- Too much independence harms accountability.
- Australia’s public-service watchdog, the Australian National Audit Office (ANAO), monitors performance of Australia’s bureaucracy
- Australia’s Australian National Audit Office (ANAO) conducted investigations into the “Integrity of the Electoral Roll” in 2002, 2004, 2010 and 2014 and found many problems in the Electoral Roll.
- On 4/11/2015, the ANAO wrote that the AEC has “not adequately and effectively addressed the matters that led to recommendations being made.” (ANAO Report 6, November 2015)
- The AEC claims it needs more money to improve technology and processes.
The AEC recognises that problems exist with roll accuracy. It blames Commonwealth Electoral Act for preventing overdue improvements. The following is from Ed Killesteyn, AEC Commissioner
- ‘In 2012 the Australian government passed legislation to allow the AEC to directly enrol and update the details of electors based on data from other government agencies….’
- ‘Due to the requirements of the Commonwealth Electoral Act 1918 (the Electoral Act), the AEC has been unable to add electors who have been directly enrolled in New South Wales and Victoria to the federal roll without having received a signed enrolment form from the elector…’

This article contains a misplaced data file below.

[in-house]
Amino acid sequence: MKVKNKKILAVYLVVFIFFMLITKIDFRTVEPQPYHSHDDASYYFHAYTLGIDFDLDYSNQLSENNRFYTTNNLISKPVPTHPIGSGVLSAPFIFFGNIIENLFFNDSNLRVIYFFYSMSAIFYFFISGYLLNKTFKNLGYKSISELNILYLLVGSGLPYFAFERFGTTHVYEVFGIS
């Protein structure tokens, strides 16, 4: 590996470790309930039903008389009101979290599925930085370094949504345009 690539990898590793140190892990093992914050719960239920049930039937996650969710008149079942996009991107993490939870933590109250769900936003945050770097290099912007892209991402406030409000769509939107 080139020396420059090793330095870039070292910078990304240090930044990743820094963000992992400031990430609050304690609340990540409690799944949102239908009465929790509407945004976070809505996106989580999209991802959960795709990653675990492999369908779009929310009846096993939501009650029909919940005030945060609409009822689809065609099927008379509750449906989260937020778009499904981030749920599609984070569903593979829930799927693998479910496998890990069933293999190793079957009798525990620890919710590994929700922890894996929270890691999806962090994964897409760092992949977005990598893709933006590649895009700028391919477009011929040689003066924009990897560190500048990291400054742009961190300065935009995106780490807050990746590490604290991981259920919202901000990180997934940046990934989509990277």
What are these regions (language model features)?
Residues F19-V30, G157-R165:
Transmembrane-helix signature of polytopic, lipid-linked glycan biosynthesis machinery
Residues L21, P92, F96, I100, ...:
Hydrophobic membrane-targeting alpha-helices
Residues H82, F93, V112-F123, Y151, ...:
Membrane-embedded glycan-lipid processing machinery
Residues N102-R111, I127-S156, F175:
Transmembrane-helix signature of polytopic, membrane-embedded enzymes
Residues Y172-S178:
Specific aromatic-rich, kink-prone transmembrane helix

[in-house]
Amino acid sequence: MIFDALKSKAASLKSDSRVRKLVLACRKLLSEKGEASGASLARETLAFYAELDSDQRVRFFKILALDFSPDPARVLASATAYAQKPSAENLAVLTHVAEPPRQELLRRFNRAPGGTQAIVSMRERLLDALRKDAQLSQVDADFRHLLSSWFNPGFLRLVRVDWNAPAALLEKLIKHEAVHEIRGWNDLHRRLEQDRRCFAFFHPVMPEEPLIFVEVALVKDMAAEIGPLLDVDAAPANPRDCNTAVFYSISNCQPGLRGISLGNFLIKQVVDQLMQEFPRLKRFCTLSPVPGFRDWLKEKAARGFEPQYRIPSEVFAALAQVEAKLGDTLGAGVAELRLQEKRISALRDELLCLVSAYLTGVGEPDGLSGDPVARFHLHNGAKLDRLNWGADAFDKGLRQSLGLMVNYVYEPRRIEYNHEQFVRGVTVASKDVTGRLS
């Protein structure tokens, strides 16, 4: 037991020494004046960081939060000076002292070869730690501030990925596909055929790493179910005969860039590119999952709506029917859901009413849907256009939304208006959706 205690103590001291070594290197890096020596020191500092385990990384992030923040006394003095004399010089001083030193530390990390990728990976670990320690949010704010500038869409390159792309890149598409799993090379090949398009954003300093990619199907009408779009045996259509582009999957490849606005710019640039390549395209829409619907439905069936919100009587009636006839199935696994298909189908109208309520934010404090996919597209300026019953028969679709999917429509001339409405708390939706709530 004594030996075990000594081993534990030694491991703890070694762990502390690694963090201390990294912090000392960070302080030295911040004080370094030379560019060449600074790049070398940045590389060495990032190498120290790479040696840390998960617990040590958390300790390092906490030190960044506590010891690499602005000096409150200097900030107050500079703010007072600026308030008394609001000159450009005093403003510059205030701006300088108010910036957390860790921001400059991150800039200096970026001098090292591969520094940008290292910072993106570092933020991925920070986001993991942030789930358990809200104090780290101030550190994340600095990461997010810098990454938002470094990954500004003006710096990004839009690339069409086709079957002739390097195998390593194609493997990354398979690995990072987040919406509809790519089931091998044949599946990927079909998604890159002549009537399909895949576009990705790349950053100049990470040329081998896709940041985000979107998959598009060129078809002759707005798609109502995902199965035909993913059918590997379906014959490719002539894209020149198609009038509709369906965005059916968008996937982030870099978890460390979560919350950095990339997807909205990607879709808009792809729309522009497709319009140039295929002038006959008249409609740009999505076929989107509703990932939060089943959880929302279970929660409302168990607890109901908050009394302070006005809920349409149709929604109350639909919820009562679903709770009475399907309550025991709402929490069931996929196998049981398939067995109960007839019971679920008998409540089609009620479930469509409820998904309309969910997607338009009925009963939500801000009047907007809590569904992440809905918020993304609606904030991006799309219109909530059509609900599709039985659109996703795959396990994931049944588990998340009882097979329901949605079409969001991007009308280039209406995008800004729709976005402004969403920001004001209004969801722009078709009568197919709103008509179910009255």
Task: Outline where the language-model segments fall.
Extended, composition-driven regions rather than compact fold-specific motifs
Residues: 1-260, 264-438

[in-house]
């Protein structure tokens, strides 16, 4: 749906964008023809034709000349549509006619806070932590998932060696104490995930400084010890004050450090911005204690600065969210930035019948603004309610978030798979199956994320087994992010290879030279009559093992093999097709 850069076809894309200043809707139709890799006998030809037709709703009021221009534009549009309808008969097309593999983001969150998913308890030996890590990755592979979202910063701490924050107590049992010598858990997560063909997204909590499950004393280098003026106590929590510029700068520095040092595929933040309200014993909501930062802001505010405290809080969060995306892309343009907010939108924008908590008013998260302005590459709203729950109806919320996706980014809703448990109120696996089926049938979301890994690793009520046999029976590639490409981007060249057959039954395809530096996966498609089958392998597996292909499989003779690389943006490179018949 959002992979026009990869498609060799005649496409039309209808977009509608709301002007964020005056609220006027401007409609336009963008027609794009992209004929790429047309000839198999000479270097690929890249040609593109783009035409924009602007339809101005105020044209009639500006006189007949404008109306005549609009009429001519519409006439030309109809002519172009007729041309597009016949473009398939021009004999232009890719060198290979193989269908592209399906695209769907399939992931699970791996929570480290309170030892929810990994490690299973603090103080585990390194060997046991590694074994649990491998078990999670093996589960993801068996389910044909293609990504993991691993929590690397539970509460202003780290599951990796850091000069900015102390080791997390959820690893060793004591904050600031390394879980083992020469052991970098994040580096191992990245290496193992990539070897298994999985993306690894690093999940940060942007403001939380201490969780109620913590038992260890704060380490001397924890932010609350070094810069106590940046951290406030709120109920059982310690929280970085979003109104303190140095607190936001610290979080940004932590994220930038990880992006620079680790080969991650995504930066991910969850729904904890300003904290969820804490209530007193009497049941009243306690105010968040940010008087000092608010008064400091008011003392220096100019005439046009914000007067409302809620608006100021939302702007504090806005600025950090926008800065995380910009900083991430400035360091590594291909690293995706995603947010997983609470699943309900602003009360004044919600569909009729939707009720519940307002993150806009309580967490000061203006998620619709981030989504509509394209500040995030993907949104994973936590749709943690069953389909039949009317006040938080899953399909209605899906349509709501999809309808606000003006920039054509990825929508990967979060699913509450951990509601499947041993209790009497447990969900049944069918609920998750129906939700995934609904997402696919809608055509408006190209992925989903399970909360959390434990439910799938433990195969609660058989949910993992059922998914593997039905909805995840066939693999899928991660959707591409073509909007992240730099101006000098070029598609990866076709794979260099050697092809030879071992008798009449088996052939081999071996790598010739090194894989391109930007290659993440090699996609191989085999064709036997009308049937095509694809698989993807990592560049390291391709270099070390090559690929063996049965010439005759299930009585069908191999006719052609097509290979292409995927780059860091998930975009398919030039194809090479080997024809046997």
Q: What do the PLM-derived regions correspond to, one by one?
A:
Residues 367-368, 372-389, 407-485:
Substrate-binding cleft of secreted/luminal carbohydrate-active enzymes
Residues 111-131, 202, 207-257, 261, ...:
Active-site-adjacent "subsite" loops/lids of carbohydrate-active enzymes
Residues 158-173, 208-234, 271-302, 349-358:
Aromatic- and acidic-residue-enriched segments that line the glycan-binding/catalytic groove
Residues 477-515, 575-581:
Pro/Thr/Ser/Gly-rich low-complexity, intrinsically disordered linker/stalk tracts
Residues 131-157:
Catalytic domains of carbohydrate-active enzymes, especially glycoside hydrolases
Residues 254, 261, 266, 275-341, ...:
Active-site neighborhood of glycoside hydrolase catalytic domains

- ‘Despite the AEC sending these enrolment forms to these people encouraging them to enrol, many have not been returned. This has led to a divergence between the state and federal rolls in Australia's two largest states, with the potential to cause considerable confusion for those affected in regard to their enrolment status for forthcoming electoral events …’
- The Electoral Act requires the AEC to take action to remove the names of electors from the roll if the AEC has reasonable grounds for believing that those electors are no longer living at their enrolled address.’ (source)
How do we fix this?
- If Australians want fair elections, then the elections bureaucracy should have more scrutiny from the public through parliament.
- Australians need to tell Canberra to change the legislation to make the AEC directly answerable to Australians through the minister and parliament and not through a parliamentary committee.